From Exuberance to Skepticism

A quiet scattering of Republicans have begun to express concern about the ability of the party “messiah”, Sarah Palin, to counter the one major sticking criticism - her lack of knowledge of policy issues or at least the ability to articulate them effectively when the spotlight is on. Conservative columnist Kathleen Parker has publicly said Palin should step aside. National Review editor Kathryn Jean Lopez last friday, while not going as far as Kathleen, did express sympathy to the idea and said in response to Palin, “something’s gotta change.”

Palin rose to fame almost instantly with followers knowing little to nothing about her but still treating her as the next Ronald Reagan. She was - and still to some extent is - seen as a woman who could reforge the old alliances and bring in new allies at the same time, something no politician has accomplished in recent years no matter how hard they tried or how much money they spent (cough - Romney). Everyone from libertarian anarchists to king neoconservatives to feminists liberals has on some level spoken highly of her nomination. When the surprise selection became known to the mass media they immediately went on the offensive, not necessarily because they disliked who she is and what she stands for (though many pundits adamently do), but mainly because they were not given a chance to give a traditional “vetting” to her as a potential candidate, thus reducing their power and influence in the race immensely. The attacks backfired. Americans, except those that were inclined to judge based on ideological alignment, did not believe what was being said about Palin.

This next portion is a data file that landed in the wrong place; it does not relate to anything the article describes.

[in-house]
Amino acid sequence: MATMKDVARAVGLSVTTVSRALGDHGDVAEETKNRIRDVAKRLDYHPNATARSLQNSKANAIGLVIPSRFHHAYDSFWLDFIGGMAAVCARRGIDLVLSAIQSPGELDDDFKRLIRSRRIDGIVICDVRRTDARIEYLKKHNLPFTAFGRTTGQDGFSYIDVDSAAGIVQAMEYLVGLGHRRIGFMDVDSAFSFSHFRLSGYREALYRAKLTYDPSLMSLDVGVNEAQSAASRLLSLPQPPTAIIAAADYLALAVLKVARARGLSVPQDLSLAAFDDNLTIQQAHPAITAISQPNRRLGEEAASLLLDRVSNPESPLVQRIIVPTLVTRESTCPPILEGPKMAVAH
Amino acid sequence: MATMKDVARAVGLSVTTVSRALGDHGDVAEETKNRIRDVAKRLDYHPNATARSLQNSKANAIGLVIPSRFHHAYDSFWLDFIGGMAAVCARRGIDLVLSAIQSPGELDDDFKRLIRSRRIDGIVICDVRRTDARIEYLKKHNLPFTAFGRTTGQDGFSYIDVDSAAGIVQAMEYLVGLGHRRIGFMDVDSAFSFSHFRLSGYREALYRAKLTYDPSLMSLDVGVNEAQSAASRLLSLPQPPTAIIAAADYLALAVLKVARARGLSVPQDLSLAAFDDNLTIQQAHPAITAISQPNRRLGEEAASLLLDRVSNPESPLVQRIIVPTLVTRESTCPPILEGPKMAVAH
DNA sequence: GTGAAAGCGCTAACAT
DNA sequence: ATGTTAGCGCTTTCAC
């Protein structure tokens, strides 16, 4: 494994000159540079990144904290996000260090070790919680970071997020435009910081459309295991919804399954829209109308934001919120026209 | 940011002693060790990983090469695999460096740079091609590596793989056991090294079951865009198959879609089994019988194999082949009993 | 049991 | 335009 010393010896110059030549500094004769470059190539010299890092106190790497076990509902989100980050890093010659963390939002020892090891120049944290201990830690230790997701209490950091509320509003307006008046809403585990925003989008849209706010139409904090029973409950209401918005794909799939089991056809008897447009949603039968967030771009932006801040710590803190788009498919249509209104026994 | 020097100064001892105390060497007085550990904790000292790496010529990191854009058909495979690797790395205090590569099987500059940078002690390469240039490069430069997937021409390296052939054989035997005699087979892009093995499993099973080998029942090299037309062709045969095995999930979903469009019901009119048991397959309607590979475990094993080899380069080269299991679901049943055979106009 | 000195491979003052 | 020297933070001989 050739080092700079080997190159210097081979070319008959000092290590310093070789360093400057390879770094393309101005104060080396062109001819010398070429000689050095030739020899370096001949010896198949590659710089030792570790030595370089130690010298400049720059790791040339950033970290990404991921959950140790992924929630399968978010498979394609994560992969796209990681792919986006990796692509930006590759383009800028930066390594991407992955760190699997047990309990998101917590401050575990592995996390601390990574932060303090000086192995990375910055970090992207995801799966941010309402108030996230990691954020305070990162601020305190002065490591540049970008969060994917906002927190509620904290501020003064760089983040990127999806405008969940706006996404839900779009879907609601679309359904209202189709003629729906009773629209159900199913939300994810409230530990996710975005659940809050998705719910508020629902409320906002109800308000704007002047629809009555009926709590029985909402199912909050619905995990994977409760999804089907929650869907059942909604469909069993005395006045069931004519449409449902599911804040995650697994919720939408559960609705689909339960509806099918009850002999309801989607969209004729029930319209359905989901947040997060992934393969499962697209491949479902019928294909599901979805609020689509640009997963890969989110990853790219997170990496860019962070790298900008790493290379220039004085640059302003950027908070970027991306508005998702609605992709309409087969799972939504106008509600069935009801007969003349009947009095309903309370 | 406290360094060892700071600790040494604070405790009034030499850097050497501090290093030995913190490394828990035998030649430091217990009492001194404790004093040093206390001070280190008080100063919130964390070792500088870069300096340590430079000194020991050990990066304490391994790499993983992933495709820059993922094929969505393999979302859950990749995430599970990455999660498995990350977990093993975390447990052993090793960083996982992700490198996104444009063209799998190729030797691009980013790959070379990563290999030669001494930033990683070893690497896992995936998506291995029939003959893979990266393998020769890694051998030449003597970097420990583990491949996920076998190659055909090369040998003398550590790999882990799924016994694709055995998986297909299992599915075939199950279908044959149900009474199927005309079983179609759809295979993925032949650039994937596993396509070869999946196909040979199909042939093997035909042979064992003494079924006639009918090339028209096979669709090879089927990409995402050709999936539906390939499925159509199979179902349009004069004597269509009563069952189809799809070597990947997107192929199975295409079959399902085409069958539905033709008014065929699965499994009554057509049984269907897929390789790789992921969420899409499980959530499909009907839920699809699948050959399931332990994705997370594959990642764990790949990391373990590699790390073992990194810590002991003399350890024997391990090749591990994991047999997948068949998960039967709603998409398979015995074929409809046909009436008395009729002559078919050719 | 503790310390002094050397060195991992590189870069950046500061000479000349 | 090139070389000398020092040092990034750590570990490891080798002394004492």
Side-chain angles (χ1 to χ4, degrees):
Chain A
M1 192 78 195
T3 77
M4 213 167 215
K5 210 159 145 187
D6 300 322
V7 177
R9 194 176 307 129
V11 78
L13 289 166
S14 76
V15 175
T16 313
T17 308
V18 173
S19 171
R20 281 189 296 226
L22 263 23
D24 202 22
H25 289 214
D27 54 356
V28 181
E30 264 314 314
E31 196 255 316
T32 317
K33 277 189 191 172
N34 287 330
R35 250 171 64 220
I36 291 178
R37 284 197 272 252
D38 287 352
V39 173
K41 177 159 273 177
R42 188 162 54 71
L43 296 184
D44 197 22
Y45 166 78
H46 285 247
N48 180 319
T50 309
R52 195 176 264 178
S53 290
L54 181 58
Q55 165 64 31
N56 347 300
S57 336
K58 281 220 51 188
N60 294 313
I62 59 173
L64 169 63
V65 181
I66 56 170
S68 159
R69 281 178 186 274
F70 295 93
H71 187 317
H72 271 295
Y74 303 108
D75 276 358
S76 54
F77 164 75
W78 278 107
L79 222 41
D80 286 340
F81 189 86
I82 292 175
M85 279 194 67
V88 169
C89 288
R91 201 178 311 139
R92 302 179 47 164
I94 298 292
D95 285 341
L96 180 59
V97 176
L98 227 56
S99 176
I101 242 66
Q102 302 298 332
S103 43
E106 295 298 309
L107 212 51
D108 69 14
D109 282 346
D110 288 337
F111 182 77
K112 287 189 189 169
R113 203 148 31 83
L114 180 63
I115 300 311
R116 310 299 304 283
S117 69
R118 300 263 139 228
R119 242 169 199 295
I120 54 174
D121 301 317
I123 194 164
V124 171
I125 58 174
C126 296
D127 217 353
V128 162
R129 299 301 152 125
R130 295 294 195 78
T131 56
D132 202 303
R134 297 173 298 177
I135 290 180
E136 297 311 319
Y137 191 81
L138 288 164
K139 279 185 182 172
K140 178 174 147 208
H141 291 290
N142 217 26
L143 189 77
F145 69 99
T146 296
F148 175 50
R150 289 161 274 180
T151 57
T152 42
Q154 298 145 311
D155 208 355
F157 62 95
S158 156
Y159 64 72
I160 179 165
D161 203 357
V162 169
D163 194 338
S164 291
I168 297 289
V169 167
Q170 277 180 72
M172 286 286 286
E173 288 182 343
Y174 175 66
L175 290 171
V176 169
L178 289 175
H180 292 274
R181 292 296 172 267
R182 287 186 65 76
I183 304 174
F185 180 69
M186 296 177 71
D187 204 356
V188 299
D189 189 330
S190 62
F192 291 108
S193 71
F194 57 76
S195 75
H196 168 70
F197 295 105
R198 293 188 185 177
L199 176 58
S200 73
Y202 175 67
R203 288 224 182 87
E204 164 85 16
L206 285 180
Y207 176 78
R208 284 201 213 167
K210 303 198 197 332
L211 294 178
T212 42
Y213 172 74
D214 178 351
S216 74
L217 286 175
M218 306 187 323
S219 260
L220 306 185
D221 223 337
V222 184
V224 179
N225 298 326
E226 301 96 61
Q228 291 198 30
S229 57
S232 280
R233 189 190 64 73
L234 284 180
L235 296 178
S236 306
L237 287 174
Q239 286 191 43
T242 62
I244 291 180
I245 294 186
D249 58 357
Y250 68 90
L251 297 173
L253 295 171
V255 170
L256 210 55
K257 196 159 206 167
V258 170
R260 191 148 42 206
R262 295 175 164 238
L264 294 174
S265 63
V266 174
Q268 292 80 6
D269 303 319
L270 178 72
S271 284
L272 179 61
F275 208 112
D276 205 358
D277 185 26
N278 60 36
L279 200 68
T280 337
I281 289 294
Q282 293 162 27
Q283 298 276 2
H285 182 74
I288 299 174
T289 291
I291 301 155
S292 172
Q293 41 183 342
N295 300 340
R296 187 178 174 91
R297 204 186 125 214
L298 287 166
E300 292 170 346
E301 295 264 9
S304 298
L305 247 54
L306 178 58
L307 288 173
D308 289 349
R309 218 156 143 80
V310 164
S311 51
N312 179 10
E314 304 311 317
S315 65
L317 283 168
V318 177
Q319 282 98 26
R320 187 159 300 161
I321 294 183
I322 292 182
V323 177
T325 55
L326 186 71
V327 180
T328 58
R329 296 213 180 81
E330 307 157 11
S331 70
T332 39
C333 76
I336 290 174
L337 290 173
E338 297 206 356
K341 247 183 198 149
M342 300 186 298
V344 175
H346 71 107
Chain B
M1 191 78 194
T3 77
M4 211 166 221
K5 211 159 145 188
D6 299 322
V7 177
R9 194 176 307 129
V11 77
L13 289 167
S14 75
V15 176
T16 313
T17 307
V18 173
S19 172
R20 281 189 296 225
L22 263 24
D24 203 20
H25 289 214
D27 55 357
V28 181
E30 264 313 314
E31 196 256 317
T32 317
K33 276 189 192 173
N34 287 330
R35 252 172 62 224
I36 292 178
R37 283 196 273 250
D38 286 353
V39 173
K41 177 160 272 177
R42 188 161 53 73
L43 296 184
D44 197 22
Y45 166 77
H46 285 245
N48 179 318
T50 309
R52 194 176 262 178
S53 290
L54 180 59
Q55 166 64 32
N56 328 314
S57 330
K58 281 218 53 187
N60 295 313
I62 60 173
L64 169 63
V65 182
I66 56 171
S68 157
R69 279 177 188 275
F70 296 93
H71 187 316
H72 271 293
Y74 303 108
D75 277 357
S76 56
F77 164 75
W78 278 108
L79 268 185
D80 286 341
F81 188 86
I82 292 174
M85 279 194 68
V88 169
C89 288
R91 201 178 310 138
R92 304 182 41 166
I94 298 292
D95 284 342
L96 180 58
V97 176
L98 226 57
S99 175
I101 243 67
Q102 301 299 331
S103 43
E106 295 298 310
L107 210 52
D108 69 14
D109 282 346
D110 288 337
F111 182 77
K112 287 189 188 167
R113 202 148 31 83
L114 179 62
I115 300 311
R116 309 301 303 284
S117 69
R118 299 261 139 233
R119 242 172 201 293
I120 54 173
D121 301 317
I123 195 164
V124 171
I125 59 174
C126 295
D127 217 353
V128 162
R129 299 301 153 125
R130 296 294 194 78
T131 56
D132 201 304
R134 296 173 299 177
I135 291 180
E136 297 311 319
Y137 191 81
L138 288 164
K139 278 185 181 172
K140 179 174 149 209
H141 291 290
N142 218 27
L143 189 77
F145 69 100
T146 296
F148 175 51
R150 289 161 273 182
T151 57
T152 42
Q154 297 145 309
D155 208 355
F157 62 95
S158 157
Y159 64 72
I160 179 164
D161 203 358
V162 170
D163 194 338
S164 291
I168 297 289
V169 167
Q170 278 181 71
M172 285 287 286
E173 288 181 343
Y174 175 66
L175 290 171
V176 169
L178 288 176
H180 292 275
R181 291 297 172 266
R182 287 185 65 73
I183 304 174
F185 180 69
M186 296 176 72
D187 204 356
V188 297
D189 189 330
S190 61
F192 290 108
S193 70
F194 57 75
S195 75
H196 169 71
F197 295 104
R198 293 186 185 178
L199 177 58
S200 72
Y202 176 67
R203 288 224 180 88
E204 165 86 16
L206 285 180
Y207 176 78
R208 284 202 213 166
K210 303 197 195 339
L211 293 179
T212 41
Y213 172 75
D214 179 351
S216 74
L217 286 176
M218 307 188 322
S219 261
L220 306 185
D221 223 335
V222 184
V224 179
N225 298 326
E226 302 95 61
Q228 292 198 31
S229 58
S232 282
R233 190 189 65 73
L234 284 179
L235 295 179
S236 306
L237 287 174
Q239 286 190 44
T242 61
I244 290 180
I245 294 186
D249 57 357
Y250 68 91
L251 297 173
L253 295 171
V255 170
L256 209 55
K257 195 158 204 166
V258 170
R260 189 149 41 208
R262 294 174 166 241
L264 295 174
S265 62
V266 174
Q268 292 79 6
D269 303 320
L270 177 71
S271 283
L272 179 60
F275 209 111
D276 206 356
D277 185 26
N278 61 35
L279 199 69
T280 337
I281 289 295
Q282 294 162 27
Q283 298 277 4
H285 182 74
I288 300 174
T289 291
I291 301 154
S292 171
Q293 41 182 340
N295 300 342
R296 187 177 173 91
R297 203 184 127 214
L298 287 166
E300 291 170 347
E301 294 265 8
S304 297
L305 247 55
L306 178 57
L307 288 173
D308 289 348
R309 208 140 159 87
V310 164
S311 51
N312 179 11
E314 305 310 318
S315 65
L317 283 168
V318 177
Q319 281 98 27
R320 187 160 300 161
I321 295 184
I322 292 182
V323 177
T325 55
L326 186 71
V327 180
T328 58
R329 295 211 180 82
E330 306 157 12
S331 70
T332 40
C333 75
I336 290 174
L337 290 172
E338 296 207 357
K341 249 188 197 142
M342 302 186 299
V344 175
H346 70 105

Fast forward 3 weeks and the dynamics are fairly similar to where they were around the time of the convention, only the ethusisasm (and hatred) have subsided to an extent. The media is still upset because they do not get a substantial level of access to the candidate that provides their networks with above average ratings. The reason they do not get access is obvious; she is not ready to be let off the leash and give non-teleprompted interviews. The campaign has been “forced” to allow her to give a handful of interviews, the latest with Katie Couric, of which have been seen as decent at best, failures at worse. It is almost as if they campaign is specifically using her few significant appearances to dumb down pre-debate expectations, as opposed to having Palin knock the interview out of the park.

It is this sub-par performance that is making conservatives feel, even if only slightly, less enthusiastic about their Vice Presidential Candidate and her ability to lead the Republican Party and the conservative “real America” movement over the next 4 to 10 years. Conservatives will by no means abandon Sarah in November, but with McCain being closer to 80 than 70 by the next election, many questions and skepticisms remain. For now the principle of wing walking is probably the best way to assess the conservative relationship with Palin - you stick with what you got until you have something better to hold on to.

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